1. Two questions come immediately to mind on reading your post.
    What is the life span of a post on a blog? If a child/student's work is posted, how long will it be available to view? Can work be taken down, and if it can, is that something teachers &/or schools can take responsibility for?
    And the other question is: Is it possible to control what happens to work once it is posted? People can copy so easily. It seems to come down to courtesy and ethical consideration, if people are to acknowledge other's copyright.
    The points you raise are certainly important. I'll be interested to follow the discussion. Tina Donnell

  2. Always taking it to the next level Dorothy. Brilliant. What better way to consider audience possibilities than to see people want to take your work and share it beyond your own reach.
    Your boss has the right idea. I like that when we go back to familiar issues in the past, the core value conflicts remain unchanged. It makes decisions much easier.. and often more frustrating! How we allow, (and even buy into!) the digital world's capacity to blur the boundaries of value decisions that used to seem more clear cut.

  3. @room2 The lifespan of a post on a blog is an interesting discussion point. 'The Blue Book' is mention was published pre-Web2 in 2000 and suggests material should be removed when a student leaves the school. However, now we have entered the age of ePortfolios, amongst other things, that answer is too simple. Part of the answer lies in an earlier post I made this month; Purpose and Community. If part of the purpose was to contribute to a lifelong positive digital footprint, then why would you take it down? And if the community is behind that it's straight forward.
    The school MUST take responsibility for student work published while at school. So thought should have been given to what happens when a student leaves the school and just as importantly, when a teacher leaves the school.
    Short answer to can you control it once posted? No. You can make it difficult for people to access/copy etc, but few schools have the technical capability of protecting it from ever possibly being downloaded etc. And if you shut it away completely, then you would have to ask why you bothered posting it in the first place? Why not put it on a CD?
    Can't be defeatist though about teaching the kids we work with to be ethical and couteous :)
    Da boss has a whole raft of 'old school' analogies to roll out when people raise online issues. Seems to feel that old-fashioned ethics and courtesy will take you anywhere in life.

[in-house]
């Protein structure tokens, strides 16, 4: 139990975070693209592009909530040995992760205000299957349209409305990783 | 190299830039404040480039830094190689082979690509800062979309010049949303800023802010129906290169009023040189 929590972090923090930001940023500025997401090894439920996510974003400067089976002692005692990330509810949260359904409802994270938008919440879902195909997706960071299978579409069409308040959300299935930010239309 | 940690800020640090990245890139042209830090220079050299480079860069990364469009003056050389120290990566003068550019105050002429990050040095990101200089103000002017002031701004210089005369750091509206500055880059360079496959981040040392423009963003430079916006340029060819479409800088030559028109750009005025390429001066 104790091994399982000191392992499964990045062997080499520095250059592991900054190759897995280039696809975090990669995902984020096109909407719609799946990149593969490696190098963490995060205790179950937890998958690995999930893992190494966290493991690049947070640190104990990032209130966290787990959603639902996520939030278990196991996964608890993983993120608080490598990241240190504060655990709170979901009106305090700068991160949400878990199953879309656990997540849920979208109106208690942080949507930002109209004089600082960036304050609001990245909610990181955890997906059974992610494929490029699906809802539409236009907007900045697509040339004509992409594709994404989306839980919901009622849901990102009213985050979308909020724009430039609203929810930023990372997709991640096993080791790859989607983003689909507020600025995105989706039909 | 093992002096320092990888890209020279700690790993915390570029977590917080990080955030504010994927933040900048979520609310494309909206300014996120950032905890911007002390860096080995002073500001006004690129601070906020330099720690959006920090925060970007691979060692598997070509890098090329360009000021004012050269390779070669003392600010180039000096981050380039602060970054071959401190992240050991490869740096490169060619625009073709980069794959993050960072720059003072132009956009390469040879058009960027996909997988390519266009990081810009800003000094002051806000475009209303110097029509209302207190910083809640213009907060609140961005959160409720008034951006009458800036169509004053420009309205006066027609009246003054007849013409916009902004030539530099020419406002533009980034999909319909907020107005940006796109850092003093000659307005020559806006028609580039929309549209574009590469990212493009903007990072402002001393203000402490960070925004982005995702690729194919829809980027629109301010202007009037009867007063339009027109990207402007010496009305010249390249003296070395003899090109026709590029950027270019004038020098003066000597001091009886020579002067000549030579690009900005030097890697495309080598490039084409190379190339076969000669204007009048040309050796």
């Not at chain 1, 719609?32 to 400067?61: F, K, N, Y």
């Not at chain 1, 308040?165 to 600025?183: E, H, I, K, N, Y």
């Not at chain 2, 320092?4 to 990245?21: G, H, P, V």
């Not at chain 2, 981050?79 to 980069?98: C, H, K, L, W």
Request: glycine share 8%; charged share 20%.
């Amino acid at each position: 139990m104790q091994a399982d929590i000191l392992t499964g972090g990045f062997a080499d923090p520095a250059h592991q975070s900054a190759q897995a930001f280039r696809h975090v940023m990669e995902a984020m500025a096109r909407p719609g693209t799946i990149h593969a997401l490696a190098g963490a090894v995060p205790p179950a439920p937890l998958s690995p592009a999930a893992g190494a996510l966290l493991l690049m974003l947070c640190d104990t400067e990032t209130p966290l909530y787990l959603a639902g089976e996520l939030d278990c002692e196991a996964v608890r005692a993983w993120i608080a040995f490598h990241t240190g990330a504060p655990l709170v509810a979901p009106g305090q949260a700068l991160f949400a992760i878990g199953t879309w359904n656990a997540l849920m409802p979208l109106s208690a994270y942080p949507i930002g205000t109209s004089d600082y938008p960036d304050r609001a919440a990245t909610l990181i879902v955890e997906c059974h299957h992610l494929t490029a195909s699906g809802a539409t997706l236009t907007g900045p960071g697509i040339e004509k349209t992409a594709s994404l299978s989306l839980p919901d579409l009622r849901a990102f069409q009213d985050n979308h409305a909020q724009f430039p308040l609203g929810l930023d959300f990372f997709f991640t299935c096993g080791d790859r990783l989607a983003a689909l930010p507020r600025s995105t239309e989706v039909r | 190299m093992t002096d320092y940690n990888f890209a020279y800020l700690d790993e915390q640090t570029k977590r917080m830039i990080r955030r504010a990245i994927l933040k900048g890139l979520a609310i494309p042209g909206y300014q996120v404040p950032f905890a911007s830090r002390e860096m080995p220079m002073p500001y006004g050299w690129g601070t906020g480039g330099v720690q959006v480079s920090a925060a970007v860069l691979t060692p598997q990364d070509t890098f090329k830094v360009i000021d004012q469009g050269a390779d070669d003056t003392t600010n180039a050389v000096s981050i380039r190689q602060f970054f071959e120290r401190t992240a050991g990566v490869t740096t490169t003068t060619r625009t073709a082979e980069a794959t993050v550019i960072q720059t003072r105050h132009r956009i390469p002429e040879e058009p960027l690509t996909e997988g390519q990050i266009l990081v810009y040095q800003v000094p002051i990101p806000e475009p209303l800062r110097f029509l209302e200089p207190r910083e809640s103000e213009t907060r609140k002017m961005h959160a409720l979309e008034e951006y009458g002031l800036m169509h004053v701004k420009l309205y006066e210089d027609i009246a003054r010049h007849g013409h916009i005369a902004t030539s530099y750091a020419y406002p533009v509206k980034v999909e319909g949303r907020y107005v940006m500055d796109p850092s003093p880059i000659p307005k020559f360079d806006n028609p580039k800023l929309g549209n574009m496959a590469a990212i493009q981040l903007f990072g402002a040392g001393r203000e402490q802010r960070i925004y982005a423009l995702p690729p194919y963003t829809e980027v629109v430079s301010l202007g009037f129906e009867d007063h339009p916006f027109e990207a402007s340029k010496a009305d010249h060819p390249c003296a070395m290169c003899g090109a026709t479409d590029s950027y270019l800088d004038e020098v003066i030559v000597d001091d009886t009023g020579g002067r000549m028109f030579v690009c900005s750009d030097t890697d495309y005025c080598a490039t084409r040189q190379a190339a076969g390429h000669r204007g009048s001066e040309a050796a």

I have got very interested in the whole thinking around kids as the copyright owners of their own digital work though. I know I have offended over the years, and need to sharpen my act there.

  4. Wow. 1994 clearly in lieu of any other updated document means that the students own the work... which I would suggest would ensure that every school has a good look at their ICT policies to ensure that they are up to date and also relevant particularly about this issue. One thing that I have brought up before as someone who has put footage of sports games up online and other schools involved as well (for instance Rugby) there was no way that I had individual permission from all the players present to use their image, that could be something that would need to be re-thought. Certainly there is a whole issue of cyber junk or space-waster around that is not relevant, surely someone has to clean it up eventually. Perhaps if its not visited in a certain time frame then google could delete. Would love to hear your thoughts at some point Dorothy about the age restrictions/age recommendations for online material (blogger) and its implications for online work. Great stuff as always.

  5. @Myles Thanks for the reflections. You are quite correct that there is no obvious solution to the sports videography as I haven't seen anyone address it either. We take it for granted that OUR team is covered (if we have permissions given etc) but the opposition are another story again. I guess that fact that you are not giving any names at all for individuals in the opposition is a good starting place. I wonder if we should have a blanket disclaimer form on hand at all the matches we film? I would hope things don't come to that, but in the meantime I would suggest that we all refrain from naming individuals in the opposition and edit the close-up shots carefully.
    The age restrictions should not be an issue if schools/teachers are following the policy of only teachers signing up to online sites either as their own school email address or under a class name eg room19@ . These domain name accounts are 'owned' by the BOT and adults. If you go back to the 'real world' comparison and see taking the kids online in the same way we view EOTC in the real world, then there are a whole lot of issues that just fall into the 'what is sensible' category :)
    The 1994 copyright Act is under review, but when I asked at Netsafe about how it would impact student ownership they thought (without consulting lawyers) that it wouldn't. The downloading of commercial videos, music etc will impact our schools no doubt.